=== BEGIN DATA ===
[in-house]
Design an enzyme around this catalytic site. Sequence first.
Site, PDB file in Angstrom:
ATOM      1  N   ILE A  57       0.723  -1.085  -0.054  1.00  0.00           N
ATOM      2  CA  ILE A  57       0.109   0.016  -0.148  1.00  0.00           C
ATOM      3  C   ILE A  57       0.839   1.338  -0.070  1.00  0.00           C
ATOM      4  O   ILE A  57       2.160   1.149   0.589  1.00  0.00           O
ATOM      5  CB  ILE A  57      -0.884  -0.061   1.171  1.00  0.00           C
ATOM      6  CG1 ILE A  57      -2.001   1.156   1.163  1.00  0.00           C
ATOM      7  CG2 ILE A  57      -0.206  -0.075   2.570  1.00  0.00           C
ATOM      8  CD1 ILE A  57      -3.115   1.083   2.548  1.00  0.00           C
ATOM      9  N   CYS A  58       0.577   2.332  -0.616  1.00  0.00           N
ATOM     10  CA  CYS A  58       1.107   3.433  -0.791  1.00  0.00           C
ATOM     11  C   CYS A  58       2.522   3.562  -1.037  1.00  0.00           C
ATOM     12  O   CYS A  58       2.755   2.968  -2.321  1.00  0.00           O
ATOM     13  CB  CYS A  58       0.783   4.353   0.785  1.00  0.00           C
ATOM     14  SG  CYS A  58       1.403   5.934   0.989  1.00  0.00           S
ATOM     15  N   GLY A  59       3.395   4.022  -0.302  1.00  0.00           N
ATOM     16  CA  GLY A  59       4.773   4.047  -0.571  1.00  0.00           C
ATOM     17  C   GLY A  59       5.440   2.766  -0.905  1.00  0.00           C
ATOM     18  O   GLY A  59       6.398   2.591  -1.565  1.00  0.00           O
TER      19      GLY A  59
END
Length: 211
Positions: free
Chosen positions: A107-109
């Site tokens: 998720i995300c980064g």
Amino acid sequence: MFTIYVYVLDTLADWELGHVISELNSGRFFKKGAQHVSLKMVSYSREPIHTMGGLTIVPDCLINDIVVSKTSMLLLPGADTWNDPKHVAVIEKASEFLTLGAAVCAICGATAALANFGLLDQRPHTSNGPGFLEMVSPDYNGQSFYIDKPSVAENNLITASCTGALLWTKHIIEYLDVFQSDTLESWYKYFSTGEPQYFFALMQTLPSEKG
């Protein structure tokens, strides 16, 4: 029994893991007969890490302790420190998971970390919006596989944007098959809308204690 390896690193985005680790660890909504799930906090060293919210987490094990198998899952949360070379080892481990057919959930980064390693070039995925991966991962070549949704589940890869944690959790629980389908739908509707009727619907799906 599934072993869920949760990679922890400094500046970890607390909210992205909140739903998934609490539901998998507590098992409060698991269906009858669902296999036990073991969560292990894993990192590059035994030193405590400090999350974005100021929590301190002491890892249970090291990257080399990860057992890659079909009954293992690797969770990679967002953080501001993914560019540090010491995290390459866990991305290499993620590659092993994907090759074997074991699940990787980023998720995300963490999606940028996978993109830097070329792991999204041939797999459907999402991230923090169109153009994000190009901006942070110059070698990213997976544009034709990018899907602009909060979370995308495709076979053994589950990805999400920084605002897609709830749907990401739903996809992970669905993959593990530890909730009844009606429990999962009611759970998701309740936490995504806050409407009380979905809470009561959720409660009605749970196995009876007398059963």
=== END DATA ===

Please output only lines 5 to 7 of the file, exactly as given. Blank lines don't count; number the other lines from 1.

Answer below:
ATOM      2  CA  ILE A  57       0.109   0.016  -0.148  1.00  0.00           C
ATOM      3  C   ILE A  57       0.839   1.338  -0.070  1.00  0.00           C
ATOM      4  O   ILE A  57       2.160   1.149   0.589  1.00  0.00           O